Pearls and Brass, Plastic Crimewave Sound | Theater Critic's Choice | Chicago Reader

Pearls and Brass, Plastic Crimewave Sound 

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PEARLS AND BRASS make me think of a line from Leonard Cohen: "And we read from pleasant Bibles that are bound in blood and skin / That the wilderness is gathering all its children back again." The Nazareth (Pennsylvania, that is) trio takes that splendid heresy and captures the kind of noise and feeling it evokes: imagine the Ents destroying Isengard with Cream playing on the sound track. Their second album, The Indian Tower (Drag City), is a step forward in crispness and clarity from their self-titled bronto-blues debut, yet it's by far the hairier, freakier record, with its riffs coiled around eerie heathen tales of rebellion and mystic visions of doom. They don't sidestep stoner-rock cliches so much as blow through them: The Indian Tower realizes the potential that bands like Dead Meadow flirt with.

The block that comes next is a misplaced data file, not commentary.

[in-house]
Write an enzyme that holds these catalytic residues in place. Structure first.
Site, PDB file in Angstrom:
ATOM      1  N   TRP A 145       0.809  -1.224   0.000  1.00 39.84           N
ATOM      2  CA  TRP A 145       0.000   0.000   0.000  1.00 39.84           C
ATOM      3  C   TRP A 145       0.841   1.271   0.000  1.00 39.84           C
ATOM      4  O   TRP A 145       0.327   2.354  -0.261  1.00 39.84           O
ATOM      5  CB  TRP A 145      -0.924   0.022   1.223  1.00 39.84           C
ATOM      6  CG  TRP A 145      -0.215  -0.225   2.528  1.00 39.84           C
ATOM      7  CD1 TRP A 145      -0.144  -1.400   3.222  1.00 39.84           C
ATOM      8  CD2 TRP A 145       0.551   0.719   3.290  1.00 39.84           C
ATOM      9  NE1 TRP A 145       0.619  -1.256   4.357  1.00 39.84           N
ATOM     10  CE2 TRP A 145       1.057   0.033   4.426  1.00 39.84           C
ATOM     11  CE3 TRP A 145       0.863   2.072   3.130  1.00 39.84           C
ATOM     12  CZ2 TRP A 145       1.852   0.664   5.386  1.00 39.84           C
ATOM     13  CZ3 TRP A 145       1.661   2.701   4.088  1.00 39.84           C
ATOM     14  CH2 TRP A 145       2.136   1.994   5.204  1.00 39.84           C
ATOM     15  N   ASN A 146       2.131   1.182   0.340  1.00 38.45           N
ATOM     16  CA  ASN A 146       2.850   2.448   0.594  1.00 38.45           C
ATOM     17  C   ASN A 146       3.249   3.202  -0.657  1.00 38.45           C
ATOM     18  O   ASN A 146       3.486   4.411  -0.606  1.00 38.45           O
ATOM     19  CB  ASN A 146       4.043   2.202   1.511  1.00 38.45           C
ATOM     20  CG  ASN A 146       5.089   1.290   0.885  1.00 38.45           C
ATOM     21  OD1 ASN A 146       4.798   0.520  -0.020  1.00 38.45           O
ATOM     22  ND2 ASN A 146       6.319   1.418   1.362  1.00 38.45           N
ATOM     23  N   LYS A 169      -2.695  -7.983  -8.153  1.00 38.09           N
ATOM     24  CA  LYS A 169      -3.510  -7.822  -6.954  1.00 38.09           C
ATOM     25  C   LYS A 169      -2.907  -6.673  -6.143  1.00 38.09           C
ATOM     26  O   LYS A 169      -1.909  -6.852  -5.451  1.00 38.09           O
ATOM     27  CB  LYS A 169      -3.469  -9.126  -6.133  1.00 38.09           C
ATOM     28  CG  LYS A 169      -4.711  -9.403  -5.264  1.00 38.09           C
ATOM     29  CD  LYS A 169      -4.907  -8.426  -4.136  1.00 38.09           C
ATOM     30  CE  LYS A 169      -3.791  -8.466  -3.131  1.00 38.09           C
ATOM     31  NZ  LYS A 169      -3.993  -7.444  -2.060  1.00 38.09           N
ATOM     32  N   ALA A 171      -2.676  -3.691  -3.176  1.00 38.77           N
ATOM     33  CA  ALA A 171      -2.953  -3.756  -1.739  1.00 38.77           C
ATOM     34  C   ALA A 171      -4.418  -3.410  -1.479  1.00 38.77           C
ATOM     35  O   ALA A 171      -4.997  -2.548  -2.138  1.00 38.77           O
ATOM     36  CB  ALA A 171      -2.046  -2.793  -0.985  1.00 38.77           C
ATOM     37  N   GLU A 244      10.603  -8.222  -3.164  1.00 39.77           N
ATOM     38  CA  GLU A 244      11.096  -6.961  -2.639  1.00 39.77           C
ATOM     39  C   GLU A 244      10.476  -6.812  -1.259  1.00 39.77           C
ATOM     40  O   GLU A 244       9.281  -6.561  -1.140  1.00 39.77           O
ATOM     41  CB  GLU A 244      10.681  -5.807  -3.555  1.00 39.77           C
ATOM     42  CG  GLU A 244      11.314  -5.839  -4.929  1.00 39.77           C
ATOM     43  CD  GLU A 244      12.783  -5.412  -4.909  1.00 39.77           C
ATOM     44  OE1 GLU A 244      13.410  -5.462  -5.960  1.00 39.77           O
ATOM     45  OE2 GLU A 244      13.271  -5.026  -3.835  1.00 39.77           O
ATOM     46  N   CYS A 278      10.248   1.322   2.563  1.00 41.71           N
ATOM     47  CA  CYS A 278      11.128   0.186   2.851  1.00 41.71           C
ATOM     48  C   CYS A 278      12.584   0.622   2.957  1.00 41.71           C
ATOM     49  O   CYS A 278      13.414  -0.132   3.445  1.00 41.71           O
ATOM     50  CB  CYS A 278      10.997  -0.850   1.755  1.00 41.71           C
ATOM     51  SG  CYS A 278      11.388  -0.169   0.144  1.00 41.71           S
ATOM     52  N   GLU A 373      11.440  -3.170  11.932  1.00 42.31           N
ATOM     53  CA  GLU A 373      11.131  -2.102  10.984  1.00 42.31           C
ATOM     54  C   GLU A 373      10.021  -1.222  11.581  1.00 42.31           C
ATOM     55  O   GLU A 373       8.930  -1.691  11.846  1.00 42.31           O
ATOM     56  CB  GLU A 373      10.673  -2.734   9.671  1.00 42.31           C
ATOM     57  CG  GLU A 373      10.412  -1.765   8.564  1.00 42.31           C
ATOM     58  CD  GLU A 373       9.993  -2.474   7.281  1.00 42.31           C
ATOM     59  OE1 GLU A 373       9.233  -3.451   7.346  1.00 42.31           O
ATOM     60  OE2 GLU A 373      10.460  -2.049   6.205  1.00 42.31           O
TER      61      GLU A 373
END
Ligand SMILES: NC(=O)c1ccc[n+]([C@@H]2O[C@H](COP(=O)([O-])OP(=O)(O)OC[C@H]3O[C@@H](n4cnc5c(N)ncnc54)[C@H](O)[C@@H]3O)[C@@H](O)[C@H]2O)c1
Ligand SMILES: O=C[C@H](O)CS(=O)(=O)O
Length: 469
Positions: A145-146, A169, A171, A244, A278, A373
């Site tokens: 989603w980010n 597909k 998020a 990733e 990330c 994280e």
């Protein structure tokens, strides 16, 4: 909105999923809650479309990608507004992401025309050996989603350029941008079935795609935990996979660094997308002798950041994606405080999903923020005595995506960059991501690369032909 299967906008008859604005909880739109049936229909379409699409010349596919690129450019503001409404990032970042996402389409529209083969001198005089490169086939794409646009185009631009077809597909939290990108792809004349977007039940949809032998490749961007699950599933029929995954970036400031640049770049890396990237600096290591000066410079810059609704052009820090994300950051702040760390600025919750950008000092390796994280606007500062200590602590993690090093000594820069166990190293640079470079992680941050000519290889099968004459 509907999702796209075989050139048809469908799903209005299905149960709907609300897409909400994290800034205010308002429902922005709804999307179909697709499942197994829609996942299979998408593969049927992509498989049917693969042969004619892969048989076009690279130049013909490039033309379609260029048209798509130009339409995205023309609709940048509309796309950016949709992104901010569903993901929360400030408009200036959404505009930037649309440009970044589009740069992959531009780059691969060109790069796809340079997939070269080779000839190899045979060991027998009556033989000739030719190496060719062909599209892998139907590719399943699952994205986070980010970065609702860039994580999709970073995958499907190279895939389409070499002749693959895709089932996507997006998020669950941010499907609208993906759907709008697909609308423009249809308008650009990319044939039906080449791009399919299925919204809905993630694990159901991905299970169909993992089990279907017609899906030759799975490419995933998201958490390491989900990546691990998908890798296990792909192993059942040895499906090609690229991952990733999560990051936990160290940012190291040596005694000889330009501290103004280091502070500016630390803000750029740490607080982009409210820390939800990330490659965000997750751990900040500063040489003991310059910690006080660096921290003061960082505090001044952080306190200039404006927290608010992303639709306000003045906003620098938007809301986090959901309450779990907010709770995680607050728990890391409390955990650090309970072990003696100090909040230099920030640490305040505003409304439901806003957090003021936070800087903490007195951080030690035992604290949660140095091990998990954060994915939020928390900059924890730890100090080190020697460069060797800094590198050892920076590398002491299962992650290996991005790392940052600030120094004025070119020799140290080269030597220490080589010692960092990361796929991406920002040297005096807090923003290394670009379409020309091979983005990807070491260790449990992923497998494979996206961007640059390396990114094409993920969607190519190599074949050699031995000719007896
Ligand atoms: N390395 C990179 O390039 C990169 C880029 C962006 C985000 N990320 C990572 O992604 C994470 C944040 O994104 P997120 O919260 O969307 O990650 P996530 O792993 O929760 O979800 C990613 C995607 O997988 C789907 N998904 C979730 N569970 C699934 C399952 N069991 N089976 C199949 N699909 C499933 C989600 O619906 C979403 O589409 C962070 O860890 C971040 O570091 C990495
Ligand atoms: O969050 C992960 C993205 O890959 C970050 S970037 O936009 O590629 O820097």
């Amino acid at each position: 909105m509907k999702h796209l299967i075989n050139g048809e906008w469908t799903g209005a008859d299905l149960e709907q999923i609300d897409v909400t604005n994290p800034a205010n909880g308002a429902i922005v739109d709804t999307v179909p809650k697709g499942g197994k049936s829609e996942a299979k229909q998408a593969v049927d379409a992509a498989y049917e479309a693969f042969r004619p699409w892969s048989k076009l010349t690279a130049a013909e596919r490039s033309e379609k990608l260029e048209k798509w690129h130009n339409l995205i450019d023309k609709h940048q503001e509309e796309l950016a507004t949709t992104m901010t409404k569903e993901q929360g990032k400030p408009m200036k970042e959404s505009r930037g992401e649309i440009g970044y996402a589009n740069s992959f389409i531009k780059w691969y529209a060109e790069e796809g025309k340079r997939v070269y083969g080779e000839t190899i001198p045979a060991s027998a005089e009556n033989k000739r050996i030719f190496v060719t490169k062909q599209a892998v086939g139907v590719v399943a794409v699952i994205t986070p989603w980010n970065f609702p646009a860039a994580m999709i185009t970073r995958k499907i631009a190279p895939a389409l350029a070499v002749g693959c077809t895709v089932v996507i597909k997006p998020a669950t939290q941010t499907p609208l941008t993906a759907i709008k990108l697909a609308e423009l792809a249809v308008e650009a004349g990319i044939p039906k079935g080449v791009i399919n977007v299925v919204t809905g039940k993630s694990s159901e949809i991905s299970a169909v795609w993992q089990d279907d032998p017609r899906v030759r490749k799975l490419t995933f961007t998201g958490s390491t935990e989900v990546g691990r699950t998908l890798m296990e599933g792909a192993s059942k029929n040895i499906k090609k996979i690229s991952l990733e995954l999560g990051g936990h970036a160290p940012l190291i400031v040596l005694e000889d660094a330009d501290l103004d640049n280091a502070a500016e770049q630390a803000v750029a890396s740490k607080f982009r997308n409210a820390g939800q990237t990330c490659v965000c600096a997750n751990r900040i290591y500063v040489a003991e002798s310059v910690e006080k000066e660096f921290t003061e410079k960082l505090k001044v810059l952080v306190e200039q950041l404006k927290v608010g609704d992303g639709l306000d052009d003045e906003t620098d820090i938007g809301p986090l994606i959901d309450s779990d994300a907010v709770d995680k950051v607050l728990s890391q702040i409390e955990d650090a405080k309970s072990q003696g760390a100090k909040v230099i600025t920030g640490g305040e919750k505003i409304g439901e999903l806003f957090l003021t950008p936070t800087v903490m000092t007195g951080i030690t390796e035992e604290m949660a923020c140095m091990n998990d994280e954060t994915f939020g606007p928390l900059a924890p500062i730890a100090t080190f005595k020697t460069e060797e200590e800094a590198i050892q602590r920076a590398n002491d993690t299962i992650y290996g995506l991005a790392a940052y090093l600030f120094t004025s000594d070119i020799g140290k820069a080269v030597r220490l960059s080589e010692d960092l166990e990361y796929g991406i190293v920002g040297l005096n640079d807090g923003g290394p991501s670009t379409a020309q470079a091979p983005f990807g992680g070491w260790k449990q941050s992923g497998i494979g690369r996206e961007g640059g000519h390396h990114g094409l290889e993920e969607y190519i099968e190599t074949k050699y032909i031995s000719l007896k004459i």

Local psychies PLASTIC CRIMEWAVE SOUND are an unpredictable lot driven by Steve Krakow's labyrinthine mental library of influences. Their follow-up to 2003's Flashing Open, the double-vinyl No Wonderland (Eclipse), features guest appearances by Devendra Banhart, Chris Connelly, and members of Spires That in the Sunset Rise, among others.

Pearls and Brass headline, Plastic Crimewave Sound plays second, and Mass Shivers opens; DJ Velcro Lewis spins between sets. Fri 3/3, 9:30 PM, Empty Bottle, 1035 N. Western, 773-276-3600 or 866-468-3401, $8. --Monica Kendrick


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